Business briefs [Examiner, The (Wash., DC)]
(Examiner, The (Washington, DC) Via Acquire Media NewsEdge) Arlington largely spared in Rosetta Stone cuts
Layoffs at language-learning software provider Rosetta Stone Inc. will mostly spare its Arlington headquarters, which will lose nine positions under the shift announced Tuesday.
The bulk of the roughly 70 cuts, according to a company spokesman, will hit Rosetta Stone's Harrisonburg, Va., office, which went through a round of layoffs last year. The company now houses 361 of its about 1,500-strong global workforce there and 186 in Rosslyn.
At the same time, the company said it would open new offices in Austin and San Francisco.
Maryland, Virginia, D.C. share in Google settlement
Maryland and Virginia are among the 37 states and D.C. that will share a $7 million settlement with Google Inc. over allegations that the online search giant collected unauthorized data from consumers when putting together its Street View mapping service.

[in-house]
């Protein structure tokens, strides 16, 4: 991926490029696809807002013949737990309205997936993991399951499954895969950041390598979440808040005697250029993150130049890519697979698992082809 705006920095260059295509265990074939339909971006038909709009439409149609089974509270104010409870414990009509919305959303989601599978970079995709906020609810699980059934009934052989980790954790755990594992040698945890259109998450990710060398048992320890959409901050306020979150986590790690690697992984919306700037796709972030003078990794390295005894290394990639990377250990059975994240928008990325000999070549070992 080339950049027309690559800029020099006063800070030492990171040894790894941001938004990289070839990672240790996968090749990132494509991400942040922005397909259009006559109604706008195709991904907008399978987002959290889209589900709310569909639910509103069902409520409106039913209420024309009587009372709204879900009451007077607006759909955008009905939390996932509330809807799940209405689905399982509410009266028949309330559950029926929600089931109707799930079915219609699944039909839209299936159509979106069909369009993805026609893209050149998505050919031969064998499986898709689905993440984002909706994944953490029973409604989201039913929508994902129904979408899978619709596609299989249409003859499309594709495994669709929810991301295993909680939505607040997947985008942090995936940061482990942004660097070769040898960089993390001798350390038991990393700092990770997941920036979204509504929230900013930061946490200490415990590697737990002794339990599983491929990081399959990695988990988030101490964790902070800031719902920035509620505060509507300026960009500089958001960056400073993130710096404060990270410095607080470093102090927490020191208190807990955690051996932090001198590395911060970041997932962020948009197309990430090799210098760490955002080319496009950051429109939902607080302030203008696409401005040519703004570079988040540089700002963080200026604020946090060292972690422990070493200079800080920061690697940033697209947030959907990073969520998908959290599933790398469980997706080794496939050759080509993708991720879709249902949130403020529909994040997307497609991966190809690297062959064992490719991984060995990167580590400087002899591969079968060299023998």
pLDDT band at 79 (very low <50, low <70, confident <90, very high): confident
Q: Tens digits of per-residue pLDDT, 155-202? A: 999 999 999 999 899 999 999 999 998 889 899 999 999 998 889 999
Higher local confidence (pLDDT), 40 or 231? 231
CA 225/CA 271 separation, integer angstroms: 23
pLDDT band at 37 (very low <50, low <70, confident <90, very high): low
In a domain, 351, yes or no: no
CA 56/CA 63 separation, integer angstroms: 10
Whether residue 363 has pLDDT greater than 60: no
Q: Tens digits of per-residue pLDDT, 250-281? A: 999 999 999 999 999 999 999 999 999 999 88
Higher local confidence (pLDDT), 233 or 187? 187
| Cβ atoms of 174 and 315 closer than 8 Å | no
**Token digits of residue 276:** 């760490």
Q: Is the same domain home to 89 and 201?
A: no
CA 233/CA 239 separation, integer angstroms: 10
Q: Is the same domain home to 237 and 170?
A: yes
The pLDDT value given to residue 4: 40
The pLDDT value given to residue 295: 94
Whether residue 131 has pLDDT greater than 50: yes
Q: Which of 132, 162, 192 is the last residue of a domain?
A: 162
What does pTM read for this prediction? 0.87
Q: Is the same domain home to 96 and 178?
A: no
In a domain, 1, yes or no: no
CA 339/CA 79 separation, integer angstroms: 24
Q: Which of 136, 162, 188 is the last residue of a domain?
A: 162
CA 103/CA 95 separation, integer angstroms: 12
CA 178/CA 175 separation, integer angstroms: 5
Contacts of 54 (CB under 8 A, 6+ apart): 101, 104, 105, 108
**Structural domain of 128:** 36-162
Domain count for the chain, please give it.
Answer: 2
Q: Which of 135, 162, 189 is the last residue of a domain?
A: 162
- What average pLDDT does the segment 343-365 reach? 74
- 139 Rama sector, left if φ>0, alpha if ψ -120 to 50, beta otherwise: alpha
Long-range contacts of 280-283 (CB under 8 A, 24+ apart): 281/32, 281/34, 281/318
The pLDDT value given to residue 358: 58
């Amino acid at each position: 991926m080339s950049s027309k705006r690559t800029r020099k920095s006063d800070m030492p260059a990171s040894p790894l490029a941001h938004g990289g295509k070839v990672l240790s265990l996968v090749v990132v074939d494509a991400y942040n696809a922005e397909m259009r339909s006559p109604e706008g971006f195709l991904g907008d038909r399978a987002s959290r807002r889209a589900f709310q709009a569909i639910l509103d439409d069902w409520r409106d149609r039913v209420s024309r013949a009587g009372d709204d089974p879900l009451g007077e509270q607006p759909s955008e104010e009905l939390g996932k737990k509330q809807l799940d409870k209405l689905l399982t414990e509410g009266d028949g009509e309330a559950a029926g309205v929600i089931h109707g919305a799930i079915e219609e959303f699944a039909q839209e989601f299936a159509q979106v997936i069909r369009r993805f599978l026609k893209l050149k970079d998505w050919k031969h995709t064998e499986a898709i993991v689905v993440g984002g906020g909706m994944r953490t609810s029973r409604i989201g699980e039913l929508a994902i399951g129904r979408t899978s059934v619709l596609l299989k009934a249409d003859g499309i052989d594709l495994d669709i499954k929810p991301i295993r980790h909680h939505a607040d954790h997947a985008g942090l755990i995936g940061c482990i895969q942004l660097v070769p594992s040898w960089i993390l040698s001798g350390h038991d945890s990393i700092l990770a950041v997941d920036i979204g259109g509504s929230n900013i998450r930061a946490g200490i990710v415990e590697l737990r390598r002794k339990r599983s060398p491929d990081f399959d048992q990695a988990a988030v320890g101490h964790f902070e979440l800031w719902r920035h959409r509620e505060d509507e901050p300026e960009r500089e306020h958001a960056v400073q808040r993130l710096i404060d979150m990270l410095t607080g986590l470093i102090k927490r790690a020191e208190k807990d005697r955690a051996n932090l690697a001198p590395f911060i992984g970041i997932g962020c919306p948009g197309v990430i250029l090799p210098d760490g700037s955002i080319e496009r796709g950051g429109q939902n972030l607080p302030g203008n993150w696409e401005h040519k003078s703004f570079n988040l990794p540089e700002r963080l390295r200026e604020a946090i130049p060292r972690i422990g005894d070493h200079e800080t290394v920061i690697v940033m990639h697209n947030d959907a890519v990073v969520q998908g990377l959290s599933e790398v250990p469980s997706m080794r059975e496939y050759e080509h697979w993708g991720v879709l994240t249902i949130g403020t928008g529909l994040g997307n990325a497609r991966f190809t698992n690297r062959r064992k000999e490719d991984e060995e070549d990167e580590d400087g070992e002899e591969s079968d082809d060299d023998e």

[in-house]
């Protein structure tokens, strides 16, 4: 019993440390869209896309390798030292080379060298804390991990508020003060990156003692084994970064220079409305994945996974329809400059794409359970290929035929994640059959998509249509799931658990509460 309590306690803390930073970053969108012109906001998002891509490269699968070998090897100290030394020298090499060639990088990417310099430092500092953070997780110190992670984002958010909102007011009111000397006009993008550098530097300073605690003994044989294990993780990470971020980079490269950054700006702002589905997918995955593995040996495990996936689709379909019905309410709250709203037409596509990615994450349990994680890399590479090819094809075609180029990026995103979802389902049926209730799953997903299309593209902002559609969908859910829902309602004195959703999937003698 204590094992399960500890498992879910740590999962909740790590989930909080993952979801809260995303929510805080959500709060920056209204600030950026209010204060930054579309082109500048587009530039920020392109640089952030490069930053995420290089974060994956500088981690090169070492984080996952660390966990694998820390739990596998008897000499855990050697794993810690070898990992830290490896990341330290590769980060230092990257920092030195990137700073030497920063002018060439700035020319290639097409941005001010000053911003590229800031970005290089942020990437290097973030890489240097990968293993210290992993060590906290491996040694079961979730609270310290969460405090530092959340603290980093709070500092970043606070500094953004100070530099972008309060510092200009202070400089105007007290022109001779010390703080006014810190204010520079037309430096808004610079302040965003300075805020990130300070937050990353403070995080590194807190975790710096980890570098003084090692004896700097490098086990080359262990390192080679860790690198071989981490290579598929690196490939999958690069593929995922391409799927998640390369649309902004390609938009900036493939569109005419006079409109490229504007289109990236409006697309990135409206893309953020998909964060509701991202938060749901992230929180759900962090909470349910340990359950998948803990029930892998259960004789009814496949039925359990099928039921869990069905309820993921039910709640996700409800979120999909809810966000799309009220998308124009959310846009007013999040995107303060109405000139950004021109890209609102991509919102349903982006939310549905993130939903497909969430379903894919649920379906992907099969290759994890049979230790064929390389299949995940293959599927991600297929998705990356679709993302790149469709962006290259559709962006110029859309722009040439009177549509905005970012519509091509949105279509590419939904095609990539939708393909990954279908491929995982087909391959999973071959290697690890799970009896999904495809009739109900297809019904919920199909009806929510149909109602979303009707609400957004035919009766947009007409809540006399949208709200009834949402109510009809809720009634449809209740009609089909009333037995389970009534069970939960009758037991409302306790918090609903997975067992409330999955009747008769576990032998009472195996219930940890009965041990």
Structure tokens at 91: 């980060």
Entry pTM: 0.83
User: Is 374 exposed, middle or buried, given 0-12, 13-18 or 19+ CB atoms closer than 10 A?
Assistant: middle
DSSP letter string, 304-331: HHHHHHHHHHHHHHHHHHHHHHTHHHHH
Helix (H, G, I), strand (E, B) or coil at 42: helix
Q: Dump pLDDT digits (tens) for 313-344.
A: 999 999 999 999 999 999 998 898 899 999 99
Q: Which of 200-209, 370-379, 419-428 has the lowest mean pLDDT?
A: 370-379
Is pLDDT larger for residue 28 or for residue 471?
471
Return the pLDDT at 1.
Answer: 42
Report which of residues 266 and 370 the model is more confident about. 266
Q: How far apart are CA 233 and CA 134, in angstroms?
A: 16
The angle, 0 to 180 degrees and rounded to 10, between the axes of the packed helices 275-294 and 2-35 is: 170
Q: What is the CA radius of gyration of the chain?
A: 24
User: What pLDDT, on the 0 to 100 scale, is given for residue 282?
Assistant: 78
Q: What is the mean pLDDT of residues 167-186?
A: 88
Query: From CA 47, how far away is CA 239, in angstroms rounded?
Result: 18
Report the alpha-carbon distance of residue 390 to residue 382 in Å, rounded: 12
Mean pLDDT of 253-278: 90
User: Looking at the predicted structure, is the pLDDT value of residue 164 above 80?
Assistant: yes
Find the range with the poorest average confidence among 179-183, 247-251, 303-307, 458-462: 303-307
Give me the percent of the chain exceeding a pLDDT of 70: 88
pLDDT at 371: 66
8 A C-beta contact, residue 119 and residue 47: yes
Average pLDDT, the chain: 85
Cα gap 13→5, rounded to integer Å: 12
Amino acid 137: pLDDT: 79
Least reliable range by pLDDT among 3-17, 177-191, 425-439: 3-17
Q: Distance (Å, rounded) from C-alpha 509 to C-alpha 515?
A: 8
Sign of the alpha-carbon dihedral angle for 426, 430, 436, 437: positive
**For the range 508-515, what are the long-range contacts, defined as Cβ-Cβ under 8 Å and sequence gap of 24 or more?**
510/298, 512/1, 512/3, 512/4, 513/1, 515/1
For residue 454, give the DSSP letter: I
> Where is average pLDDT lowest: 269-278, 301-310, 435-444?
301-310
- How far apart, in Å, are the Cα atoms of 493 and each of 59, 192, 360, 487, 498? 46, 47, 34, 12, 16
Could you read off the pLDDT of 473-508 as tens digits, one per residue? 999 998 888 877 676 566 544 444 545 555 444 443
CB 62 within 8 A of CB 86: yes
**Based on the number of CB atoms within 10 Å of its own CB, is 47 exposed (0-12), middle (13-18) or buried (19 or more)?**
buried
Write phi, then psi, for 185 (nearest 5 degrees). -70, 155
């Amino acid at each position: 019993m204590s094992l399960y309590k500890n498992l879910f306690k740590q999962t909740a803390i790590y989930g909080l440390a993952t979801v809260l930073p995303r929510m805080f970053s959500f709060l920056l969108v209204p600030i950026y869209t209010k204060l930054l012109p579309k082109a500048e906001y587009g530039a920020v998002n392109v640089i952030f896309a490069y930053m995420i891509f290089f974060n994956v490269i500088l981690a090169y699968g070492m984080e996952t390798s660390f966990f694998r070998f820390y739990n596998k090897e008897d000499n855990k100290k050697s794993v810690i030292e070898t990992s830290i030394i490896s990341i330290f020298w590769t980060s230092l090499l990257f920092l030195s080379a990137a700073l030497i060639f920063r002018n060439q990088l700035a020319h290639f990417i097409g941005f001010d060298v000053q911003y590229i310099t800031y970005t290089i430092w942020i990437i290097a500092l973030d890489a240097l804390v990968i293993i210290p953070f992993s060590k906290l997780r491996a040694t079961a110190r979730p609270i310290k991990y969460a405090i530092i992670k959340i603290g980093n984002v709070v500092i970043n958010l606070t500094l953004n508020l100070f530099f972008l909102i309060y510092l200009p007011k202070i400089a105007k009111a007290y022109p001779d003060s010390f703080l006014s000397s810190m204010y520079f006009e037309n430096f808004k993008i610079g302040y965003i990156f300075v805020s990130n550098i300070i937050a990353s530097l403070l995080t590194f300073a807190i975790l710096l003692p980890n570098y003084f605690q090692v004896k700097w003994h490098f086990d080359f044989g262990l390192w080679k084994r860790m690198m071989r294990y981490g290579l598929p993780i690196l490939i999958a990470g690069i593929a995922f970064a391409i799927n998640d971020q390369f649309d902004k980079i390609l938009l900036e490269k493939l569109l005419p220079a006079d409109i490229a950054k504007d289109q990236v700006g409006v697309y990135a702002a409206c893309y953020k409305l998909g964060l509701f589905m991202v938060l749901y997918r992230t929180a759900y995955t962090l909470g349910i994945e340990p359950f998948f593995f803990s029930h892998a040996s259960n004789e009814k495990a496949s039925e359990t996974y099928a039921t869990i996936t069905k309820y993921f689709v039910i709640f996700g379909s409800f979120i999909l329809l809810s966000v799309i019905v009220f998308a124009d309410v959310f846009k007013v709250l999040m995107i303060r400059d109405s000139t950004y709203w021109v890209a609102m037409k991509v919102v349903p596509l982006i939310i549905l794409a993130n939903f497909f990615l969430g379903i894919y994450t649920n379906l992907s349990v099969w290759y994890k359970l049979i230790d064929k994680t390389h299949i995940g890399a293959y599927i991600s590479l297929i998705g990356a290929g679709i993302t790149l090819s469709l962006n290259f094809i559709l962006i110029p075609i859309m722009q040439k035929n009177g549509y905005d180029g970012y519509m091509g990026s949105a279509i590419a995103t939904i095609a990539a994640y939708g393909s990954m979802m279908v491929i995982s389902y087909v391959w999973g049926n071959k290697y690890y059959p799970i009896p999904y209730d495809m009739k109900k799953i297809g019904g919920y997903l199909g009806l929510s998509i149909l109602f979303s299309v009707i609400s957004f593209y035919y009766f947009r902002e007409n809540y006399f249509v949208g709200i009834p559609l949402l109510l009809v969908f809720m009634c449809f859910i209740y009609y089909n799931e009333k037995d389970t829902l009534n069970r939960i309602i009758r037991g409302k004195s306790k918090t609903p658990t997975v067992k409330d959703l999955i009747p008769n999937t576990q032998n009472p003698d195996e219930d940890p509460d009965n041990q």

Maryland will receive $130,388 of the settlement announced Tuesday. Virginia will receive $142,600, and the District will get $102,018.
Nielsen works to track Web-connected viewers
Nielsen is working hard to track the so-called cord-cutters. The television rating service is following the viewing habits of 5 million American households that use Internet-connected devices and television sets as their primary access to content.
Nielsen is calling them "zero TV" households, but it's a bit of a misnomer. The group, at least 75 percent of them, do own a TV. That device, however, is not connected to a cable or satellite service but to the Internet. This group, as a whole, is generally under the age of 35 and childless.
Local employers optimistic
Washington-area employers are more optimistic than their counterparts nationally, according to Manpower Inc.'s quarterly employment outlook.
A net 17 percent of local employers plan to add jobs in the second quarter, compared with a net 11 percent nationally.
Employers in all 50 states reported hiring plans for the second quarter, according to Manpower. The leader is North Dakota, where the outlook rose from a net 21 percent this quarter to a net 30 percent next quarter.
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